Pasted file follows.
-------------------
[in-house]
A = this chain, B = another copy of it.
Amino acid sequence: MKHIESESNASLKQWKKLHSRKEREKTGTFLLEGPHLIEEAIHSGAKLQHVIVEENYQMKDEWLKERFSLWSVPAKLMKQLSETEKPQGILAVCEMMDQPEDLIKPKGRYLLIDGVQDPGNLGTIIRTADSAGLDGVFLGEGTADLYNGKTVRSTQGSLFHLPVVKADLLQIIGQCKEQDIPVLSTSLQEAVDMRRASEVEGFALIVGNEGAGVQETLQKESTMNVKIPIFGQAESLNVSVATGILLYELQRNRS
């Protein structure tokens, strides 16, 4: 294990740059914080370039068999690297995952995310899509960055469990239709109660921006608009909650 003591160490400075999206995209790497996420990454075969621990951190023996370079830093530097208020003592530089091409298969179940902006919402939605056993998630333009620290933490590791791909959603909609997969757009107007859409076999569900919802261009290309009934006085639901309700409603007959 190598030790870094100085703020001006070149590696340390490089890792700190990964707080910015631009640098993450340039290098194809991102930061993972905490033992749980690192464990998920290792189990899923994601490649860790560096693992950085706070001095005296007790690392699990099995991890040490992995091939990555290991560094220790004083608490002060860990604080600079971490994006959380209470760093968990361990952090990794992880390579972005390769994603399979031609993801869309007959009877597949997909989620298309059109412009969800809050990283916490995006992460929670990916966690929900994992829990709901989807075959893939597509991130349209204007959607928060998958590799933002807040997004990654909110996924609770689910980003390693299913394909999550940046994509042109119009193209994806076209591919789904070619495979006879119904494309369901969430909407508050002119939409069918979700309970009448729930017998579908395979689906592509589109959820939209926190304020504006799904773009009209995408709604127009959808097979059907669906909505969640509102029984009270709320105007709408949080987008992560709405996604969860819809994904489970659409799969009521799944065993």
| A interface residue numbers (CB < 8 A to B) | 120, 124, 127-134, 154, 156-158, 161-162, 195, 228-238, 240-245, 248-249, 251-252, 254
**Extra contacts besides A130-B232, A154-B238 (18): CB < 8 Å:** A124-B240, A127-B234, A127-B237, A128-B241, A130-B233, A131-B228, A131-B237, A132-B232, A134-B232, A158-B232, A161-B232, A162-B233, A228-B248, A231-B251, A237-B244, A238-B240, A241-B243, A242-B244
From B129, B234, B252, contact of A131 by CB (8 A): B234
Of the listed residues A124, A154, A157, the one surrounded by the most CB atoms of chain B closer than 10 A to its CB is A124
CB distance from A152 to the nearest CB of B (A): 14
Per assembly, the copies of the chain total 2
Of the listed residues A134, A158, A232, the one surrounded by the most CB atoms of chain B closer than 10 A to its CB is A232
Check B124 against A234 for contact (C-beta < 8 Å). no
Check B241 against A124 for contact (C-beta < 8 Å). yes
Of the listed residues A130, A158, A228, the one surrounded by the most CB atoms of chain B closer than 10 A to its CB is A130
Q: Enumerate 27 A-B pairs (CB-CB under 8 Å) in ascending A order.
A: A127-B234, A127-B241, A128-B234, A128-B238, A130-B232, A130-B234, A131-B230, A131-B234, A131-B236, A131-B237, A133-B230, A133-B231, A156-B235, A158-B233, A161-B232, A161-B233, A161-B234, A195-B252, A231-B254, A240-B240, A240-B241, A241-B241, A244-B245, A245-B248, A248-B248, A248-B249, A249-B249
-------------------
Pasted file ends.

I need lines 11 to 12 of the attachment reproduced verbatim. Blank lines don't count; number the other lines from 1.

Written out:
Of the listed residues A134, A158, A232, the one surrounded by the most CB atoms of chain B closer than 10 A to its CB is A232
Check B124 against A234 for contact (C-beta < 8 Å). no